Synopsis: A guy and a girl for some reason visit Thailand. She is tricked into looking into a small wooden temple and is cursed with stupid hallucinations and non-scary jump scares.
Year released: 2017
Director: Rich Ragsdale
Funniest part: When the main chick is taken to a witch doctor for her hallucinations, they look into her mouth and right where her throat starts, there’s an eyeball. I’m not sure why this was so funny to me. Maybe I just wasn’t expecting it, but I laughed.
What they did right: There were a few jump scares that got me. There was also one scene where the main chick was looking through her camera at photo’s she’d taken. After a while, the photos showed where she was sitting presently, with her camera. They kept zooming in until the last one which shows the girl with the creepy demon behind her.
Soundtrack: Comprised almost entirely of songs in Thai. I thought it was neat, but also I didn’t because this movie screams cultural appropriation.
Special effects: There’s a mix of really good and really bad special effects in this movie. For example, the woman being set on fire looks really cool, but some of the jump scares and close-up shots make you think they hired Jim Henson to do them.
I’m not going to lie; this movie was bad but not as bad as some other movies I’ve seen. The lighting and cinematography was actually on point and some of the jump scares actually got to me. Overall I give it a weak pass; it’s only slightly less terrible than Bedeviled.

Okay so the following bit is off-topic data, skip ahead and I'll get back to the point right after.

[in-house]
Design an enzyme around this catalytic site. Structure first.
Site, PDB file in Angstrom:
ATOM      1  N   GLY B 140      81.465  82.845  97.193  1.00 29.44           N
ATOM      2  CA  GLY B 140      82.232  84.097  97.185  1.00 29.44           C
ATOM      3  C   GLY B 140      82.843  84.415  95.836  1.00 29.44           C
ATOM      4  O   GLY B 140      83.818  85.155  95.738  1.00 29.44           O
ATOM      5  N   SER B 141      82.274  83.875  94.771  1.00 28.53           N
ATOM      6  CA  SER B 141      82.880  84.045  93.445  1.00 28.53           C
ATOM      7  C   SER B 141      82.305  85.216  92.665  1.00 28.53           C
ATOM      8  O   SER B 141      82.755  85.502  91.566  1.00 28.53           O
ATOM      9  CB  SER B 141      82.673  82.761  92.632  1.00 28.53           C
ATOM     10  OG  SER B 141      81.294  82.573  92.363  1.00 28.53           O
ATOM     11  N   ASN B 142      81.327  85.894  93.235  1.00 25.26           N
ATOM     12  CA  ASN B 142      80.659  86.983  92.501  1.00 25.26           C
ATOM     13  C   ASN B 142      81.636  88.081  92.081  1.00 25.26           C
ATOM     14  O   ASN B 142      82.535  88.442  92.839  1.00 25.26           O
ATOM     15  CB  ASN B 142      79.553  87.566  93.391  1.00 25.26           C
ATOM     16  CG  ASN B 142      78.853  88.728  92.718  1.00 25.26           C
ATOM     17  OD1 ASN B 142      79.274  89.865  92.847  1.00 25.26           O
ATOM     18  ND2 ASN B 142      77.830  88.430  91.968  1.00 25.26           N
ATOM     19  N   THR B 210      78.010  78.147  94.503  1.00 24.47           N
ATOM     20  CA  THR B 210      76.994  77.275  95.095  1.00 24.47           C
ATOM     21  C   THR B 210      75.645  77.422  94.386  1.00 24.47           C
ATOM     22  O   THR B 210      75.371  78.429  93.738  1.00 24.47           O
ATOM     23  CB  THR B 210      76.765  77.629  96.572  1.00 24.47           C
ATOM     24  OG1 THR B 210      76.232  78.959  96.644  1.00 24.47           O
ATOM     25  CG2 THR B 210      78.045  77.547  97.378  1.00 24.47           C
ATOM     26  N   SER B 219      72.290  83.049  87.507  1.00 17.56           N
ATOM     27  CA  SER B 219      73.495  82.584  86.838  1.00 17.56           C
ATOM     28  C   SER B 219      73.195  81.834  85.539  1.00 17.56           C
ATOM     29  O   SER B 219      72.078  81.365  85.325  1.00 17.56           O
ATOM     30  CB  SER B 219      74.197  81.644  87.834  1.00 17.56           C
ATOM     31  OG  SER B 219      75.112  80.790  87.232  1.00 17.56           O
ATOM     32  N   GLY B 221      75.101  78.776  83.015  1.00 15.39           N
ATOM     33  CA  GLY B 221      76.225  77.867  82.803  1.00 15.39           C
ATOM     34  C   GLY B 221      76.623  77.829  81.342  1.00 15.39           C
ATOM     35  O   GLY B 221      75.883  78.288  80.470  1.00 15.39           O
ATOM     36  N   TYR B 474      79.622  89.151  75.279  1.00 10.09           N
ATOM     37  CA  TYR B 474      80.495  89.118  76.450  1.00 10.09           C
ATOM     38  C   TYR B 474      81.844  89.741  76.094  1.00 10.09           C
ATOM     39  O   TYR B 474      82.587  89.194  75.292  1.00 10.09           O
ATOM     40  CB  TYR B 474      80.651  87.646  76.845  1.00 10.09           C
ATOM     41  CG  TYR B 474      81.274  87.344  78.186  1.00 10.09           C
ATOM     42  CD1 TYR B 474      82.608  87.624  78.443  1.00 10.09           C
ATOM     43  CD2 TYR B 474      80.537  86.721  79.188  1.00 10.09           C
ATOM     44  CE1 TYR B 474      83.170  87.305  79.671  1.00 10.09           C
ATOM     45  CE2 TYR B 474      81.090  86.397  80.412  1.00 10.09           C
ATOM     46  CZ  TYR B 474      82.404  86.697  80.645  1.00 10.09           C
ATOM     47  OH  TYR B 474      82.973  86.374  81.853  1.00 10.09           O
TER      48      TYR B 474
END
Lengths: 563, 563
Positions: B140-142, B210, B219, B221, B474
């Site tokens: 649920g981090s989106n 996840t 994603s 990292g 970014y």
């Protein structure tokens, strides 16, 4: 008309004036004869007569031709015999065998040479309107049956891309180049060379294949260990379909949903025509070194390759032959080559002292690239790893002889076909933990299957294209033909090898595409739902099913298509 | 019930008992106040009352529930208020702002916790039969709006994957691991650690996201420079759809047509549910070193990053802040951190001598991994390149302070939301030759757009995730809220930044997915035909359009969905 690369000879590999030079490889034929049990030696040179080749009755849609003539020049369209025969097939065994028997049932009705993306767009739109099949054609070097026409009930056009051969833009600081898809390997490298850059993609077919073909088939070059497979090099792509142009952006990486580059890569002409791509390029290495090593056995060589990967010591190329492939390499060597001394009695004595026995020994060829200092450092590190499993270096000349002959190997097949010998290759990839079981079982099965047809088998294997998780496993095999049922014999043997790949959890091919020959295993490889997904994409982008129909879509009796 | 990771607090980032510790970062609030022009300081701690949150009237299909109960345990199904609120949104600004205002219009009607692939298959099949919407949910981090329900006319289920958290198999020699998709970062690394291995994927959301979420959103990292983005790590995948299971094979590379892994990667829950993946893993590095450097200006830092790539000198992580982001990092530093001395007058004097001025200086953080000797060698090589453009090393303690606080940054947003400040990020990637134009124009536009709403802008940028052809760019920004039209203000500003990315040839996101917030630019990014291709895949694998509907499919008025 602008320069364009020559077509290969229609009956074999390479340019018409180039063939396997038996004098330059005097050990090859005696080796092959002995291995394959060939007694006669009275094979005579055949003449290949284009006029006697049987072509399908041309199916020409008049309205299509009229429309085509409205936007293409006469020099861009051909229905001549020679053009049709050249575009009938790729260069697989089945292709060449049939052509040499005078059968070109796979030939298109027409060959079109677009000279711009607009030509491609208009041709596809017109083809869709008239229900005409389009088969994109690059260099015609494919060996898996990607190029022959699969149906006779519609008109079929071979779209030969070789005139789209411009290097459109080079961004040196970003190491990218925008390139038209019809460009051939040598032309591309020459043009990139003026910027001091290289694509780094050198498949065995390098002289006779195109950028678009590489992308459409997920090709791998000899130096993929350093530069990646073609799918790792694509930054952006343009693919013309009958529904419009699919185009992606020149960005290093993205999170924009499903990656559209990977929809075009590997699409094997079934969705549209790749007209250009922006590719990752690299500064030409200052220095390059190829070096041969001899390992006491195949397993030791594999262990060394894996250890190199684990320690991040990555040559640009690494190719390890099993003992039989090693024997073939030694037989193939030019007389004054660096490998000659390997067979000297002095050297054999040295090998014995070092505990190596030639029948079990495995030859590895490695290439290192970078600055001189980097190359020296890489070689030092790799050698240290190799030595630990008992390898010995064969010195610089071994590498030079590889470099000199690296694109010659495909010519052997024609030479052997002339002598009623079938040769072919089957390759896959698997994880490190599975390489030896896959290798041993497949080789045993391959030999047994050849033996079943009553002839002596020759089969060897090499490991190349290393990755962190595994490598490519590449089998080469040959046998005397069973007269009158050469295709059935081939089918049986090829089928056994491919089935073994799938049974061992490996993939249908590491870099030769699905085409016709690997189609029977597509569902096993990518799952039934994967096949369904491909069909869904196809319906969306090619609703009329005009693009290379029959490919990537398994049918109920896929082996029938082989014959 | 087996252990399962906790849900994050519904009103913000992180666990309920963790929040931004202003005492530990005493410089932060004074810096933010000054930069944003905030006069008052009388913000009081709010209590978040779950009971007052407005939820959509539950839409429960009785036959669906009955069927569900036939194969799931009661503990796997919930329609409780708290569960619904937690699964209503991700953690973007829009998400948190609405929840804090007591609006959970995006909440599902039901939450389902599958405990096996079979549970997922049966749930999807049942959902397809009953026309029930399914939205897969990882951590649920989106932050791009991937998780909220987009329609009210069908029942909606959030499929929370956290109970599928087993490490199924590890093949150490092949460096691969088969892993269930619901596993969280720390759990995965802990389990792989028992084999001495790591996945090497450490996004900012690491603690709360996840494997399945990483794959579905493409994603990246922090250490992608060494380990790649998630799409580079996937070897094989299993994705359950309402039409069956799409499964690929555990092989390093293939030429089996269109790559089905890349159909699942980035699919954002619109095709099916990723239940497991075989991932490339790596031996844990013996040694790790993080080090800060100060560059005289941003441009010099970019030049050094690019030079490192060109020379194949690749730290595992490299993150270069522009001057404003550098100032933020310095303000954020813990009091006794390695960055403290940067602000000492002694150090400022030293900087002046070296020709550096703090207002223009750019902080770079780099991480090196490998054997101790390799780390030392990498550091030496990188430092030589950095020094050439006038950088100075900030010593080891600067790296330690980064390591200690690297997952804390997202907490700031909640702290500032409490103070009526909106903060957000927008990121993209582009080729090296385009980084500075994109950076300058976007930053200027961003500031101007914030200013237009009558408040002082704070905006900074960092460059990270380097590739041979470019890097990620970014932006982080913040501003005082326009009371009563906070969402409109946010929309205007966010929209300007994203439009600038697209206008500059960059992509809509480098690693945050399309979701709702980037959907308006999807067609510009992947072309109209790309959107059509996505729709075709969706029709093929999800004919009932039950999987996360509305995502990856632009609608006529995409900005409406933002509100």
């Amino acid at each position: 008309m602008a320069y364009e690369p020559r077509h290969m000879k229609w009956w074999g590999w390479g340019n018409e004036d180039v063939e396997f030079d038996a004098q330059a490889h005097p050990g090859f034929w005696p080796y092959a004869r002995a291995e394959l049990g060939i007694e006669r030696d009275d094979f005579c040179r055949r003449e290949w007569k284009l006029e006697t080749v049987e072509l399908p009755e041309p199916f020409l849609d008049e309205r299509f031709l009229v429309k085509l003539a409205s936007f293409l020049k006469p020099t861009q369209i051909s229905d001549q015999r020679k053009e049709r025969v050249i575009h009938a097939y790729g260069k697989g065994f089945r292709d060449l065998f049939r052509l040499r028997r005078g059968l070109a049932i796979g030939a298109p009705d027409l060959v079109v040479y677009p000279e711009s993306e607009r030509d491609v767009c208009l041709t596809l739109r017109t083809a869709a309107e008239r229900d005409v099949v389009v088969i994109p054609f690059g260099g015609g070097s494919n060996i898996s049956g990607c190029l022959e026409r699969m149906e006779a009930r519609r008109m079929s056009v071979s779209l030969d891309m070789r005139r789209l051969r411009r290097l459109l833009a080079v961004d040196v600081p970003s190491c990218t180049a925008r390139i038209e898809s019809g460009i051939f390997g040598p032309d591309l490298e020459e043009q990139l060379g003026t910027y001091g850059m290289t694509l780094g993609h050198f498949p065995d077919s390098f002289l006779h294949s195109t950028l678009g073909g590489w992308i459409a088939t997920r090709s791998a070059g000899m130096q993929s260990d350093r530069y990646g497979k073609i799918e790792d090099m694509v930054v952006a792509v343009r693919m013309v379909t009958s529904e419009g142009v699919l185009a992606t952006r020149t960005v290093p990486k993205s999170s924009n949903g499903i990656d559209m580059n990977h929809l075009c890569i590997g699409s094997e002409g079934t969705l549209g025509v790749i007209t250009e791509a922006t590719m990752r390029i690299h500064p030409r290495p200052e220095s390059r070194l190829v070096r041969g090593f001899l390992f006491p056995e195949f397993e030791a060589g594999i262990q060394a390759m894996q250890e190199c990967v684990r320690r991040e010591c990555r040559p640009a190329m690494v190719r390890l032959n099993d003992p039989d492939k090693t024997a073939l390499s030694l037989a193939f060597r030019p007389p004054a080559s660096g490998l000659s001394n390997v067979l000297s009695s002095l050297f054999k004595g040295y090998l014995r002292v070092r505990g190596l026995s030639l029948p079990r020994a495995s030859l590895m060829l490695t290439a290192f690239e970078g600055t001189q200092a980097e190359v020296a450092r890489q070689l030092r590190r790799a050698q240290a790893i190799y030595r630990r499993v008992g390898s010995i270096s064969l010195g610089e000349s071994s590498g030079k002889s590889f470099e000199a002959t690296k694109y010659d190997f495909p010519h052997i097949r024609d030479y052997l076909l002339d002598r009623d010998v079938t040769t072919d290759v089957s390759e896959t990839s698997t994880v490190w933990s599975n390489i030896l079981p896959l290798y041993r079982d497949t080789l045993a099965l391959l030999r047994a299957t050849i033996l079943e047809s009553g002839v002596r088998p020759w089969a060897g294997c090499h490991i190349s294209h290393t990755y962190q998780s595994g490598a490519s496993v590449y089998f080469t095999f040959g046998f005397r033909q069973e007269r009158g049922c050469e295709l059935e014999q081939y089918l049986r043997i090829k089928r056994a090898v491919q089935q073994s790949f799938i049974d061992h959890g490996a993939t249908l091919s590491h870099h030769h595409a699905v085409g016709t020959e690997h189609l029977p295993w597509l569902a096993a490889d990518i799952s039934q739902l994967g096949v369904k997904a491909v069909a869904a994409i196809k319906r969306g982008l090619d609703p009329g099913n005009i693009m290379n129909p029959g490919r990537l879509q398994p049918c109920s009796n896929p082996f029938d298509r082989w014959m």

Mostly it was boring. It’s called Ghost House, so right off the bat, you expect it to be about a haunted house, right? Well, no. It’s about some strange spirit that tried to kill her family but ended up killing herself. Now she hangs out by tiny wooden shrines waiting for stupid British men to come by and fuck it up so she can possess tourists and stick her fingers in their mouth with zero explanation.
This couple is inexplicably in Thailand. I assume it has to do with the fact that the main chick, Julie is a photographer. She has a camera, but I don’t recall her mentioning she’s there for any particular reason. With her is Jim, a strange looking man that could give Toby McGuire a run for his money in an ugly crying competition.
He gives a very stale performance, but fills his role well enough to keep the allure of the movie going. He plays the knight in shining armor after his woman is knocked down to the ground and somehow unable to walk for the remainder of the movie due to her haunting dilemma.
The movie continues as the couple does what they can to exercise this demon. Honestly it didn’t need an hour and 40 minutes, but that’s cool, whatever. In the end, Julie is released from her hallucinations and the two return home like nothing even happened.
The main thing I hated about this movie was the amount of white washing it did. The main characters are white, the secondary characters are white, and the only Thai people in the movie are either witch doctors, taxi drivers that are literally named Go Go, or random townspeople. Even the mystic dude they visit to help with the demon is a fat white dude. It’s unfortunate because I feel as if the movie misses a lot of creep factor by not using Asian actors.
This movie could easily have resolved itself in half an hour had it not been for the extended hallucination scenes Julie goes through. I wish it had been a bit more representative of the culture the director was trying to appreciate, and the special effects are lacking. Overall the movie is okay but lacks a decent plot and character development.
Last Week’s Review: Bedeviled
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